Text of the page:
12. ratbastard says

    The video isn’t clear actually. Mr. ACLU said it’s illegal for any public sector employees to be fired in all states without I take it ‘just cause'; Cooley I assume is an employee of a county and state, not a federal employee. The federal government can stipulate such regulations in regards to state public sector employees? I’m sure he has a contract being a public sector employee [he’s not an employee at will] so yeah, they have to prove he did something to warrant termination. But he can’t sue in Mississippi for gay civil rights violation. Actually, you can sue civilly for anything, in any state, but it’s an uphill battle.

  13. ratbastard says

    Depends on where you live in the U.S. Free&Clear. Aside from serving openly in the military [a regulation which is about to end] homosexuals have full civil rights, including marriage,adoption rights, etc., in, for example, Massachusetts.

    Work place laws:

    1) Most people [80%+] are Employee at Will meaning you can quit a job at any time for any reason, and you can be fired at any time, with or without cause. If you are a protected ‘minority’ such as a female, black, other racial / ethnic so-called minority, you can’t be fired for being a protected minority class, and it’s not unusual for protected minorities to sue for discrimination when terminated, whether true or not. It’s a big business actually. In something like 1/2 the states homosexuals are protected so-called minorities. The states are responsible for such laws within their borders.

    2) Federal government employees are a special case regardless what state they’re in. They have sophisticated,complex worker/employer contracts. Many are union members, some not all are civil service. There’s a complicated process involved in terminating a federal government public sector employee. Gays are covered under federal public sector employment, again regardless the state.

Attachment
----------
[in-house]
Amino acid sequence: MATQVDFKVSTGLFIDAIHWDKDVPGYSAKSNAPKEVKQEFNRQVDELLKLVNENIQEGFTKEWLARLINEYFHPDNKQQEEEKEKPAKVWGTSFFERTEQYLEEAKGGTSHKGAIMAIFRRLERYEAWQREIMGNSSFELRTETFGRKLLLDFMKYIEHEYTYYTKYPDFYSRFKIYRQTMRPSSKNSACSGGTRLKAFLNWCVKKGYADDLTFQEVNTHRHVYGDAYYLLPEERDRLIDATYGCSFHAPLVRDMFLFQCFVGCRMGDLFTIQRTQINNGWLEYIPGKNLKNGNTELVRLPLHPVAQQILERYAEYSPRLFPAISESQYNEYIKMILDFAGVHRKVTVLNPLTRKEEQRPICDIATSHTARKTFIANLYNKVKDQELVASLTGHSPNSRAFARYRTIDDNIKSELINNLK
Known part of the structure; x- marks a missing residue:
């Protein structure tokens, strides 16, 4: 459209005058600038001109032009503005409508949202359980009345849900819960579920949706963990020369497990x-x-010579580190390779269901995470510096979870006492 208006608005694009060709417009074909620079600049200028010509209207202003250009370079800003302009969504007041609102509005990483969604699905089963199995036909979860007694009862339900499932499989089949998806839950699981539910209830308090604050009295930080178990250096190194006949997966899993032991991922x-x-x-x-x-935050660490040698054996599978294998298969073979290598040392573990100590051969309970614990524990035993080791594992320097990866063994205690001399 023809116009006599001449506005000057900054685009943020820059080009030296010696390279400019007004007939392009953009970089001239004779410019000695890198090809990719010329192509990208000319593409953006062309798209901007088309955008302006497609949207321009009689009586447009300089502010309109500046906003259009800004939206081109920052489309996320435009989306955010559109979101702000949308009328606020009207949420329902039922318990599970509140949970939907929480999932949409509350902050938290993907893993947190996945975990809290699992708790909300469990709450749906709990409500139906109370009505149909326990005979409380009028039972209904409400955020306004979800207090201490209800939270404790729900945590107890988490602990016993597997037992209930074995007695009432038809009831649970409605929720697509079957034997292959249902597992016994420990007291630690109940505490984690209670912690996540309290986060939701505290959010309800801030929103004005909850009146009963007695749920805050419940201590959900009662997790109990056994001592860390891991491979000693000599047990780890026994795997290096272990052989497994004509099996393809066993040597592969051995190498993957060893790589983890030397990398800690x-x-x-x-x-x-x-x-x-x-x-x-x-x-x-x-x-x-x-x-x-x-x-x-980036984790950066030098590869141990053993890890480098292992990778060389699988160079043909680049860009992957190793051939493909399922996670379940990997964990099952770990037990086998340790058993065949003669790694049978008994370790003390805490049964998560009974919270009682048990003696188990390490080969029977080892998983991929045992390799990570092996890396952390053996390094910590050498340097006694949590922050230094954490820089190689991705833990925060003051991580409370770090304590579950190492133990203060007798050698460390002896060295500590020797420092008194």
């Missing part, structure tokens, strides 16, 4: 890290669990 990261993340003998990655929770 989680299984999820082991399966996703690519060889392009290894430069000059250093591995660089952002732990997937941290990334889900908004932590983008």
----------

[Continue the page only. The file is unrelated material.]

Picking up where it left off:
3) Most state and local public sector employees also have sophisticated employee / employer contract, with a complicated process for termination. Some also cover gay discrimination, some do not. Many state and local employees are also union, but it varies greatly region to region, state to state.

    4) Professionals [most] have of course employee / employer contracts specific to them, which usually requires just cause for termination, and of course requires they perform at a specific level.

  14. bsmart2 says

    Mr. Cooley’s best bet is to work through the employee handbook and employee policy and procedures manuals. If he can prove that the county did not follow it’s own rules regarding termination, then he has a winnable case. I have seen cases like this that the only reason the victim wins is because some one in a supervisory role did not follow the rules as set forth in the policy and procedures. Usually government entities have a multi step process for terminating an employee. The exception being if Mr. Cooley was in a probationary period they usually an employee can be terminated without cause.

    In the states that have “At-will Employment” laws, the people who get sued and lose are the ones that give a reason. Such as “He was a faggot”. In an at-will state, if you don’t give a reason for the termination, you just state your services are no longer required. It is hard to be sued and win. Keeping in mind that anyone can sue anyone, even if they don’t have a case.

    I hope Mr. Cooley can prove that the idiots in charge didn’t follow proper procedure for termination or that they have treated another employee differently. He can sue and win.